According to Unity Point Health “If cervical cancer lacks oxygen, some cells may die off, infecting the tumor. The infection creates a foul smelling vaginal discharge which serves as another symptom of cervical cancer. This continuous discharge may be pale, watery, brown, or mixed with blood.” It may not be cervical cancer, but strange discharge isn’t normal in the first place.

3. Vaginal bleeding

Those who don’t keep track of their menstrual cycle may confuse vaginal bleeding with normal spotting or period blood. However, bleeding outside of the normal period cycle isn’t normal. Women who bleed after sex, or who are postmenopausal, may want to get checked out for cervical cancer, or abnormal cervical cells. Vaginal bleeding is a red flag to something being wrong.

4. Uncomfortable urination

Women who are prone to urinary tract infections may mistake uncomfortable urination with a UTI. Normal urination should not be uncomfortable, and it should not sting or burn in any way.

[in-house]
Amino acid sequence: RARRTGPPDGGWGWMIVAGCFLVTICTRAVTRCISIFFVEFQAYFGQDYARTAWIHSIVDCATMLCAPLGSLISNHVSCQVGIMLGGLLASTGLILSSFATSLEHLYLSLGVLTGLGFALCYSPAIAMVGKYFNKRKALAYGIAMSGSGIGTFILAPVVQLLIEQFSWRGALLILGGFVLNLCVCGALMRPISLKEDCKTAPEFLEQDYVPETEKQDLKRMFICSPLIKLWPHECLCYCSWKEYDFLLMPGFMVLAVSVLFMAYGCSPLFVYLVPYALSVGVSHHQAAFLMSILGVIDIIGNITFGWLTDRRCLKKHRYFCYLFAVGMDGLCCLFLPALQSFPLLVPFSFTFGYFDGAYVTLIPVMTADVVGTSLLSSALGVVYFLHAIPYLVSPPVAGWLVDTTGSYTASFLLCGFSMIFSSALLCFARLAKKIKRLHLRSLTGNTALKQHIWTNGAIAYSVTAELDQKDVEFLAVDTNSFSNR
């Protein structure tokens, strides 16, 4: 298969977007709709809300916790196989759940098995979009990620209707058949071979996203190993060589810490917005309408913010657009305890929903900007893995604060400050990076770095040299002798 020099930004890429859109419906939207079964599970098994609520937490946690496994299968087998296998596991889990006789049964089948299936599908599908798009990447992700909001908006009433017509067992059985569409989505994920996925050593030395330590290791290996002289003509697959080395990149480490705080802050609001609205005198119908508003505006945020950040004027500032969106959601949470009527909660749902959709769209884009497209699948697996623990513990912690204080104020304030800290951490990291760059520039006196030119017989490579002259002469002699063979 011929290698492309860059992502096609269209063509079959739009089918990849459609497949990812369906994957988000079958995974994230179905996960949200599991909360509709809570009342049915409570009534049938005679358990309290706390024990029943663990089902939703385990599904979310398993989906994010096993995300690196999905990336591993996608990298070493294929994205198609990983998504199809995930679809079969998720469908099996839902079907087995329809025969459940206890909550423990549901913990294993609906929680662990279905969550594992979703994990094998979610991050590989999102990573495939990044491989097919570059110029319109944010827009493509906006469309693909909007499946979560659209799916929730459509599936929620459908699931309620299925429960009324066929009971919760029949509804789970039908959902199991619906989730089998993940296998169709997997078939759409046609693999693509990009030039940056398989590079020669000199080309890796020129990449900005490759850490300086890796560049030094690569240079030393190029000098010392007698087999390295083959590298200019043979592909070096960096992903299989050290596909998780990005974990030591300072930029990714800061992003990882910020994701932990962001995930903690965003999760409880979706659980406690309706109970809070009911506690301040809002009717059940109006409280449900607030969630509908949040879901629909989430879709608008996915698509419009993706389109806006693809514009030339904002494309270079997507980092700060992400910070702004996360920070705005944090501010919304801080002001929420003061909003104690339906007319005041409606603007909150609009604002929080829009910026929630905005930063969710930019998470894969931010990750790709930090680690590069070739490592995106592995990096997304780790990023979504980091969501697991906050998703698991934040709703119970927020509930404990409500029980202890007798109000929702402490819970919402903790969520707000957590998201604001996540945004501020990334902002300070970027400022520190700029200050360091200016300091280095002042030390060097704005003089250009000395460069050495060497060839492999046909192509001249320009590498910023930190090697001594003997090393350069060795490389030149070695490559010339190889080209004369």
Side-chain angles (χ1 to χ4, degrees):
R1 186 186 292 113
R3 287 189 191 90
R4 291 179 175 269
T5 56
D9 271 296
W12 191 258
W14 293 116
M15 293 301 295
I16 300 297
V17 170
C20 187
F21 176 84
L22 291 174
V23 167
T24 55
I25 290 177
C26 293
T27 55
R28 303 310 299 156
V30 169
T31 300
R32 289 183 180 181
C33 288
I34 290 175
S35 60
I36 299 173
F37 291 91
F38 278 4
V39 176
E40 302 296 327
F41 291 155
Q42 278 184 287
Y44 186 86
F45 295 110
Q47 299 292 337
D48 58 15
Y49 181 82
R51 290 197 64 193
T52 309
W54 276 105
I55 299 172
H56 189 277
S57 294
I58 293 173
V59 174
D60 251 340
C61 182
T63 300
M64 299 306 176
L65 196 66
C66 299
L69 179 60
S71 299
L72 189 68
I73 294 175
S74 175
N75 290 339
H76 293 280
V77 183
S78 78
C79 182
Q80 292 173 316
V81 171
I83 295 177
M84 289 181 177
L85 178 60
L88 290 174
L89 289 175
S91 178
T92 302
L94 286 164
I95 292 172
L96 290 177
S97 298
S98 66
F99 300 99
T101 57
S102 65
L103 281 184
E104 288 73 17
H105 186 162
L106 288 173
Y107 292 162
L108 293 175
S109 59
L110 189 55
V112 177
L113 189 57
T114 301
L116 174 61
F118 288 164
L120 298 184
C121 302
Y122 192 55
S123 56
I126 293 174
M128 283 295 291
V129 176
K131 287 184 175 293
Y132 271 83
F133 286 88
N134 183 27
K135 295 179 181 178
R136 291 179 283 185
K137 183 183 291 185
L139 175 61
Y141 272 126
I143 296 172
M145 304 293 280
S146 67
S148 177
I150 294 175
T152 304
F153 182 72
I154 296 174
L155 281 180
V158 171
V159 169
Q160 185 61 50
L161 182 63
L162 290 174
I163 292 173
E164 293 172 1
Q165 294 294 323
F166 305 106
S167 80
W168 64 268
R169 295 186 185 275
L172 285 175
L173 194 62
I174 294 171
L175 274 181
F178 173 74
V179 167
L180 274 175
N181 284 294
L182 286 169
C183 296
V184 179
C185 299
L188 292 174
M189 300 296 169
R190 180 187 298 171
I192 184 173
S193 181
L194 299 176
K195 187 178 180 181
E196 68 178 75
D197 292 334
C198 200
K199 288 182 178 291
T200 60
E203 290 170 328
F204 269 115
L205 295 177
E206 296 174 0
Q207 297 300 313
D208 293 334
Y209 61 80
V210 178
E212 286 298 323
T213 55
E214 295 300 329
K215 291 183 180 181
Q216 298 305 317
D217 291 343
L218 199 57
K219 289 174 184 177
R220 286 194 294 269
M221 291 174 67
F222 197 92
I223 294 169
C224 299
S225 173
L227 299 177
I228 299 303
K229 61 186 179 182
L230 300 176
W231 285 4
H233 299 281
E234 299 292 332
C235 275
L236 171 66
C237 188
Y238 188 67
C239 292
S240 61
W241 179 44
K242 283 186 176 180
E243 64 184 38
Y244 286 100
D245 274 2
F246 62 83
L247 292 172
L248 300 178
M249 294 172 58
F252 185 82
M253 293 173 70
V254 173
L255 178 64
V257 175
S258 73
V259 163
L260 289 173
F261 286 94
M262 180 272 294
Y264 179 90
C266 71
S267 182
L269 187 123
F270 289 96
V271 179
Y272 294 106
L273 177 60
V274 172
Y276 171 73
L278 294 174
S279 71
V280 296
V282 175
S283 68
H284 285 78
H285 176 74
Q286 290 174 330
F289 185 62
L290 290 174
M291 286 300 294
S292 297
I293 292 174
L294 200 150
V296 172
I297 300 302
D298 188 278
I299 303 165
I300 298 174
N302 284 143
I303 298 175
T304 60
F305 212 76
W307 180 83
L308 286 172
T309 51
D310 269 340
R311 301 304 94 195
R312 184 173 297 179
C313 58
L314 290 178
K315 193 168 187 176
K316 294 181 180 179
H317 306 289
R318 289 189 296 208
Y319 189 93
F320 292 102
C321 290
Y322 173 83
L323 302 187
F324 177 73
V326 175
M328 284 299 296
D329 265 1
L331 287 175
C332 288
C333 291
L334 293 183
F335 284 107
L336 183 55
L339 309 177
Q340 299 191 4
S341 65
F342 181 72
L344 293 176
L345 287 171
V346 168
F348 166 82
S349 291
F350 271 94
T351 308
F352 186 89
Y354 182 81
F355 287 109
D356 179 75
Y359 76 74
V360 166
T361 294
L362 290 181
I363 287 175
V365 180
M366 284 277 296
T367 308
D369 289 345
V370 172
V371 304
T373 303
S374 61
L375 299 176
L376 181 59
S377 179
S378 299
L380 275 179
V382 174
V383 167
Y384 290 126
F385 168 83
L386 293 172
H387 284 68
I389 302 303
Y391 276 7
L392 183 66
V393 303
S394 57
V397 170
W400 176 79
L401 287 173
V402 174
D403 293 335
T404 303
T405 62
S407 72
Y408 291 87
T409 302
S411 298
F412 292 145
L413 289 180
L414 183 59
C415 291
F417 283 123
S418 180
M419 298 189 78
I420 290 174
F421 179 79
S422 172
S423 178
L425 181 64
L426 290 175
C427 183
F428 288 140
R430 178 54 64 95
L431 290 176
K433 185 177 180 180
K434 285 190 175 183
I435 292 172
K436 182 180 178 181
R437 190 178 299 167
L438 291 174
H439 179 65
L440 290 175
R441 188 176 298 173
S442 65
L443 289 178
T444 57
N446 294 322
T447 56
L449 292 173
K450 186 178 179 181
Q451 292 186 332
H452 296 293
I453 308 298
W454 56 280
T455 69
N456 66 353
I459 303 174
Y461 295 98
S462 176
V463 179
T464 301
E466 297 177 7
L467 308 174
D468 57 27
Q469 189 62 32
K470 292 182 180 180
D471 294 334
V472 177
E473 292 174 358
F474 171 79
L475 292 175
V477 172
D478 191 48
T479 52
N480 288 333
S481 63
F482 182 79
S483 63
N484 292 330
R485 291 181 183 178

Based on Unity Point Health, “Blockage of the kidneys can occur from cervical cancer. This blockage will cause urination to become uncomfortable and sometimes difficult. You may even experience frequent urges to use the restroom without cause.”

Therefore, if urination becomes uncomfortable or painful, getting checked out with a physician is the first step. While it may be nothing as serious as cancer, it’s still a sign of cervical cancer that shouldn’t go ignored.

5. Sex is less enjoyable

This doesn’t have to do with your libido, but rather has to do with how comfortable, enjoyable or painful sex is. If sex suddenly becomes painful, it could be an indication that you have cervical cancer. If painful intercourse happens abruptly and with no other explanation for it, you may just be experiencing an overgrowth of cells in your cervix.

6. Pelvic pain

When women have their menstrual cycles, pain from cramps that radiate out from the pelvis is rather normal. Pelvic pain in and of itself isn’t an immediate sign of cervical cancer. However, when the pain becomes extremely intense, or lasts for longer than the menstrual cycle, this could be a red flag for cervical cancer.